The incumbent water companies have also been selecting their strategies in preparation for market opening. Through the Water Act 2014, water companies can apply to the Secretary of State for the Department for Environment, Food & Rural Affairs (Defra) to exit the non-household retail market if they want to—something that the Water Industry Commission for Scotland (WICS), Ofwat (the economic regulator of the water industry in England and Wales) and Oxera have argued in the past is important for effective market functioning.
Exit serves a number of purposes. It can be a means through which the functions of a retailer can be legally separated from the wholesale business. Exit also enables retailers to leave the market altogether, to be acquired by other retailers taking a more proactive interest. Furthermore, exit can facilitate mergers between retailers, leading to potential scale economies.
As shown in Table 1, 14 applications to exit the non-household retail market have been granted by the Secretary of State to date.
Table 1 Undertakers allowed to exit
Note: Colour coding groups transactions by type, as explained in the main text. * Companies will operate in the market separately until regulatory clearance from the CMA has been received for the Wave joint venture (JV).
Three of these have involved a ‘hard exit’ (Portsmouth, Southern and Thames). Here, the non-domestic retail business has been acquired by a third-party buyer active in the Scottish retail market. Exit has also been used as a way to facilitate mergers among retail businesses, with nine cases involving a JV with another water company. The remaining two exits have involved the transfer of the non-domestic retail business to a new entity that nonetheless remains under the same ownership.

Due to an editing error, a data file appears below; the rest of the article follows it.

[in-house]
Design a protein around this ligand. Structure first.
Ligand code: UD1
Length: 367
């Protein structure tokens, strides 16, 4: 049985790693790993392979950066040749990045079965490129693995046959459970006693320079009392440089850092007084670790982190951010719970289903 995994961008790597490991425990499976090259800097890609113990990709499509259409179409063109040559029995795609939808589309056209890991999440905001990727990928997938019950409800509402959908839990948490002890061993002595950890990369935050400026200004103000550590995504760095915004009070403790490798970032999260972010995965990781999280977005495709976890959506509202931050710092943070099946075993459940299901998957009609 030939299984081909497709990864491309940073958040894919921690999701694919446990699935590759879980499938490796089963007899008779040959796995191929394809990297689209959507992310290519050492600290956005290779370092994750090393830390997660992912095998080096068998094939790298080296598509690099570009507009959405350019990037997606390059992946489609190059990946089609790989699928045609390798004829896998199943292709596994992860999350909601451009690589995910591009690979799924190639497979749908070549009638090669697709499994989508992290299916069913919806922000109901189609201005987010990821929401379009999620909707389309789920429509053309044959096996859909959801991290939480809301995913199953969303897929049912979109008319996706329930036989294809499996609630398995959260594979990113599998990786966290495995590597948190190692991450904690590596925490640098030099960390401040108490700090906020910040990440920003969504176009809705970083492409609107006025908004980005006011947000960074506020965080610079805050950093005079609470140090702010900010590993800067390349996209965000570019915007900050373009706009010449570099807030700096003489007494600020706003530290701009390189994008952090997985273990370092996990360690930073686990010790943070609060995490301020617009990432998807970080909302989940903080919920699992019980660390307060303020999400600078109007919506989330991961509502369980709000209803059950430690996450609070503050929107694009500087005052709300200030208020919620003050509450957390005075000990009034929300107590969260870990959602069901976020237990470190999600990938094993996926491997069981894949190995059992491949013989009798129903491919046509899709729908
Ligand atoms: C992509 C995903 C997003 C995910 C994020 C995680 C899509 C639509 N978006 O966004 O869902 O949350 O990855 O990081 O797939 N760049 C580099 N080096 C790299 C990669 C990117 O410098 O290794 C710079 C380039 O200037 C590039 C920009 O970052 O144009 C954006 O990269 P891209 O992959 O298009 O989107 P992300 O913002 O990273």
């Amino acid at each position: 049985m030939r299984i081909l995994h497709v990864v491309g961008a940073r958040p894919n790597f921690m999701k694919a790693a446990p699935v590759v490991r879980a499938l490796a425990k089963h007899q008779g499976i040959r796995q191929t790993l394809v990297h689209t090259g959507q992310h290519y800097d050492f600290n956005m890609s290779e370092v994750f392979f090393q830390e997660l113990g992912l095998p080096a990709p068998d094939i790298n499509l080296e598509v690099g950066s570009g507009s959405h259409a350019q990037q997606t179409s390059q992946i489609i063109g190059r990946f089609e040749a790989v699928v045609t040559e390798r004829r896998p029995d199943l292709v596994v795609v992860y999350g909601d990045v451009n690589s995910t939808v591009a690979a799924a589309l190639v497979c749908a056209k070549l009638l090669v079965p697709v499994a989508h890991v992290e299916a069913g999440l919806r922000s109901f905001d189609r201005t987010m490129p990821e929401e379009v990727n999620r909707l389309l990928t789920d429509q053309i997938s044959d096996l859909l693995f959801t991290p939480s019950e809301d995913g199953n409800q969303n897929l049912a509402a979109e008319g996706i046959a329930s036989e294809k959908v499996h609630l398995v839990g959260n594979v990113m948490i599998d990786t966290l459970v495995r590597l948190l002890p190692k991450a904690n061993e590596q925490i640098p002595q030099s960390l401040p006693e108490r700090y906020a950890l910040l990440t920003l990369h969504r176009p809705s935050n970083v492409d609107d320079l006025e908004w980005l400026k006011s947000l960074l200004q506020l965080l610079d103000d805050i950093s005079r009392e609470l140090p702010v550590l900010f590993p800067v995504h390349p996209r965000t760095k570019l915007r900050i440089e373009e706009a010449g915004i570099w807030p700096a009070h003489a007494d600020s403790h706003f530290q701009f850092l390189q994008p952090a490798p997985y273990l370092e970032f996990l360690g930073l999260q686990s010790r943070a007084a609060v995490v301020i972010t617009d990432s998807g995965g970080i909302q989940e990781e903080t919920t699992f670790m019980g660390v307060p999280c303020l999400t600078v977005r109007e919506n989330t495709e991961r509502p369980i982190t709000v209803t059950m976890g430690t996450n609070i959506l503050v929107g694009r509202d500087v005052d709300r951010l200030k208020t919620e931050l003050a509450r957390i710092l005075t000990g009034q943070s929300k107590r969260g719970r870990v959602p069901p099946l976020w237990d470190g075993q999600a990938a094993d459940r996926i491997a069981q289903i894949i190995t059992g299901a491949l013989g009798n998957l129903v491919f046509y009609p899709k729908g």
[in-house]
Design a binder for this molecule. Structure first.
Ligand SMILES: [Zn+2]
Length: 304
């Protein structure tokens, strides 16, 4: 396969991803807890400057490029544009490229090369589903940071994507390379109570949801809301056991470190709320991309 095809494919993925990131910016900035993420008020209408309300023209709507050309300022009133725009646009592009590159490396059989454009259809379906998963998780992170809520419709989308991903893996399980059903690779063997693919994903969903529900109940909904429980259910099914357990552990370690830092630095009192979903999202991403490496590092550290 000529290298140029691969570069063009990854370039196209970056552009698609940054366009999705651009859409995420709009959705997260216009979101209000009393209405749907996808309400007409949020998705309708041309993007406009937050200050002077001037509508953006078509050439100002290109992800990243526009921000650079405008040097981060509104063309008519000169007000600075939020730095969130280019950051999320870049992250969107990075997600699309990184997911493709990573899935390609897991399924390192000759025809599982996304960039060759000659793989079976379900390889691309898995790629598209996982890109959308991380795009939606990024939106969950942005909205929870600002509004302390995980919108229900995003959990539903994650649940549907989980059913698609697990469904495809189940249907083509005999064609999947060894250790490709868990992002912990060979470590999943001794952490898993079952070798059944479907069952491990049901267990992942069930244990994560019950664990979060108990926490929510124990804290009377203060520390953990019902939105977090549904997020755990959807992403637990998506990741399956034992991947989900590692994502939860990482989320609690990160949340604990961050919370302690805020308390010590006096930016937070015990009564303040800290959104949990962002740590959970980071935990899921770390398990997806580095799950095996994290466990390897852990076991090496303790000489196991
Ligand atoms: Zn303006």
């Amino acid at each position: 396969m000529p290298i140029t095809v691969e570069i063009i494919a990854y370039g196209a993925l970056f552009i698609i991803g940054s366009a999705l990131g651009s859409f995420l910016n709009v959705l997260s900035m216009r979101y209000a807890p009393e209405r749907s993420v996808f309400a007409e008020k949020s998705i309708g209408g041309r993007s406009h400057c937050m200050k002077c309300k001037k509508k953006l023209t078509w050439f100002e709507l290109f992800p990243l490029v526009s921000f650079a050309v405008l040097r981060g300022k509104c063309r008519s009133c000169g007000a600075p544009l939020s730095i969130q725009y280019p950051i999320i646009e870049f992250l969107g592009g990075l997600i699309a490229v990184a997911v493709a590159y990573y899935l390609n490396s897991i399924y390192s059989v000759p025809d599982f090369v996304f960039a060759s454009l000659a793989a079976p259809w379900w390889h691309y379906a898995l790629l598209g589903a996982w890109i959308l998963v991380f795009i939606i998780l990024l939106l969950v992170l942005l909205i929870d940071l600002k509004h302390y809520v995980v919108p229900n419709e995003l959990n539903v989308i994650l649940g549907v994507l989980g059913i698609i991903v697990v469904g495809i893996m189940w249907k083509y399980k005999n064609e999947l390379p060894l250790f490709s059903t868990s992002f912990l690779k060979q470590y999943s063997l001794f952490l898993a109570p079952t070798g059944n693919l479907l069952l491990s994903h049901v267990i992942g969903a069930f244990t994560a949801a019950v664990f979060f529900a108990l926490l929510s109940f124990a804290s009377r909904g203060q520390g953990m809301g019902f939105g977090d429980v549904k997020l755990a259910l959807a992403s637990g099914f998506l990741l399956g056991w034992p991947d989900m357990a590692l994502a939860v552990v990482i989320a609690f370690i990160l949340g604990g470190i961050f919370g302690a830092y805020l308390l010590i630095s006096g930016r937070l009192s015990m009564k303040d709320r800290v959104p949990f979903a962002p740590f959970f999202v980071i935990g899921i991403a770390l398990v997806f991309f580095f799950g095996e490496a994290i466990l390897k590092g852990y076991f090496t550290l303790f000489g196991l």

The JV/merger route has attracted the attention of the CMA. The largest transaction by far has been the Severn Trent and United Utilities JV, Water Plus, which received clearance in May 2016. The most recent case to receive clearance is the JV between South Staffordshire Water and South West Water, Source for Business, which was cleared on 10 March 2017. The Anglian/Northumbrian JV, Wave, was also announced in early 2017, and will only be taken forward upon CMA clearance. In the meantime, NWG Business and Anglian Water Business will enter the market as separate entities.
To date, mergers or JVs do not appear to have been contested by the CMA. This may be due to the fact that at market opening there will still be several retailers in the non-household retail market, meaning that the concentration of the merged entity or JV does not pose competition concerns. In addition—and as discussed below—entry is occurring from outside the England water sector. It will be interesting to see how the CMA’s thinking develops in future, if a number of subsequent mergers do occur. The CMA has not set out at what point a merger would result in a significant lessening of competition, or what it considers is the minimum number of competitors required in the sector.